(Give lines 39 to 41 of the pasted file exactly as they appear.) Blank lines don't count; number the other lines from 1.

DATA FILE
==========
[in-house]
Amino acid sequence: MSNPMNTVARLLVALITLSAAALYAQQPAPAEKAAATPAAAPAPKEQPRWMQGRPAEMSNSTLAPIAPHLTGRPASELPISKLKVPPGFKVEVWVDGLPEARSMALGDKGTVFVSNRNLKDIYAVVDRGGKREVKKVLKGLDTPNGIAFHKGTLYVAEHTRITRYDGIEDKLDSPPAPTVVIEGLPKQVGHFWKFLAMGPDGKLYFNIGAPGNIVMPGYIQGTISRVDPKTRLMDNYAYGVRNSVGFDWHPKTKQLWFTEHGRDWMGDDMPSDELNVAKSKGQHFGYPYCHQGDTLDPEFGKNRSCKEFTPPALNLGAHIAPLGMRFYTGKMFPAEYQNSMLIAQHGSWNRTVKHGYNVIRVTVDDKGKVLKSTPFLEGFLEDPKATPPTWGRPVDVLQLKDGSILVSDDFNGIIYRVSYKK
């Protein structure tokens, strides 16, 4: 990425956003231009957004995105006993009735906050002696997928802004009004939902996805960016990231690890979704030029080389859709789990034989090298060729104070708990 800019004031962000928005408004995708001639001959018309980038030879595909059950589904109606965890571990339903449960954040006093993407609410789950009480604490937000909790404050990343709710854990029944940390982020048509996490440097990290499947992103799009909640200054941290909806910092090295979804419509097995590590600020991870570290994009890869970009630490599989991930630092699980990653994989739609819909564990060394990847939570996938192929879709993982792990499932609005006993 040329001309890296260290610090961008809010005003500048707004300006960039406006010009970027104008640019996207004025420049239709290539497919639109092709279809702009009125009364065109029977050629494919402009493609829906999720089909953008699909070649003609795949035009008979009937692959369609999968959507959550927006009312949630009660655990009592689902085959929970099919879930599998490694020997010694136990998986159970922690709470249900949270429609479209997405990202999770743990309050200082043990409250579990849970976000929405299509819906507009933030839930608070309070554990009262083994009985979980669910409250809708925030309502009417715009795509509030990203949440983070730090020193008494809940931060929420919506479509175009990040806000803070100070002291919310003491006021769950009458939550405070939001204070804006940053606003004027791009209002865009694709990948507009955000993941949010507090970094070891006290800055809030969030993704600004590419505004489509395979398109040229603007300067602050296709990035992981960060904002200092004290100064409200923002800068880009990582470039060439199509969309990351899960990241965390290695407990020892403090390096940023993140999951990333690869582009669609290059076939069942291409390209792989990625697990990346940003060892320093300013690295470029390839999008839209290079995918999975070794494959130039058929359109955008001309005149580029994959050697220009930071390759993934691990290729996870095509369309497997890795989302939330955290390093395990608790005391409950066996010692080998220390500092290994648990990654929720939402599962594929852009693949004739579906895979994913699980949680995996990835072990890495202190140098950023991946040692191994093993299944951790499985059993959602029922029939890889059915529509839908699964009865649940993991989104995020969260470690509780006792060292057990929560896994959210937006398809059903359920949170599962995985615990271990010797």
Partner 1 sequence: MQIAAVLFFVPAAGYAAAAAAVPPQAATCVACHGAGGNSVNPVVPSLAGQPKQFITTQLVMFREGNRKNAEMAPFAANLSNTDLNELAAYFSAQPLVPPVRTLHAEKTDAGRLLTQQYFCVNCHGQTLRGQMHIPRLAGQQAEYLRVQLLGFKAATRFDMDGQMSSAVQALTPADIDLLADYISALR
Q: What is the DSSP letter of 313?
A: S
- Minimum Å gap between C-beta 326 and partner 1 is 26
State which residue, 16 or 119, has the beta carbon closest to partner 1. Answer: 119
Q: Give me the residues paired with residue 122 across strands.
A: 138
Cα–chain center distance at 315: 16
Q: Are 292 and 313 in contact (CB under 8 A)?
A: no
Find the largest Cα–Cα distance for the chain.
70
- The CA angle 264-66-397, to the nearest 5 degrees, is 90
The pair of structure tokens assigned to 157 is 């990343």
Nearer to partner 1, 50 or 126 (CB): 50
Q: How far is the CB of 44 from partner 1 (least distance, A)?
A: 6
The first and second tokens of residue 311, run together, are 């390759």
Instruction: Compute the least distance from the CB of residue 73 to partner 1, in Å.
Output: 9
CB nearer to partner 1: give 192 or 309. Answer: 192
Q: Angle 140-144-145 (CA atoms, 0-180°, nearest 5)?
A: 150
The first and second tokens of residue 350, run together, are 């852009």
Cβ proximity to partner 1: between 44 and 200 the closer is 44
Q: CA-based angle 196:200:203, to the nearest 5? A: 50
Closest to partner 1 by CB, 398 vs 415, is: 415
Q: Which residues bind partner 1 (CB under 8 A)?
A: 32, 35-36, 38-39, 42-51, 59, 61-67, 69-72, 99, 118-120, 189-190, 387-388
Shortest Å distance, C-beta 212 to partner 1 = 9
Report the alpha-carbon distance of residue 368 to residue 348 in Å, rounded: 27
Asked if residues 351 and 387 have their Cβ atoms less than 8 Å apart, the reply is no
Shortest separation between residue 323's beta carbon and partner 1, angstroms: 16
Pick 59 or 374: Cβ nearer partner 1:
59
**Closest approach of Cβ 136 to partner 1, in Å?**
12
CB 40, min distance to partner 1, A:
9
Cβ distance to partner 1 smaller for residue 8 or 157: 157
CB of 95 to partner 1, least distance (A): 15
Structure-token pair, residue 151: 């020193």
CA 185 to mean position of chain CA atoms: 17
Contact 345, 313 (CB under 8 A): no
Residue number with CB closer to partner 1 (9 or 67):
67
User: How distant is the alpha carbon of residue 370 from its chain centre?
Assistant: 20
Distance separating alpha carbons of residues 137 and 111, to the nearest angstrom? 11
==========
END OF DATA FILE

**Closest approach of Cβ 136 to partner 1, in Å?**
12
CB 40, min distance to partner 1, A: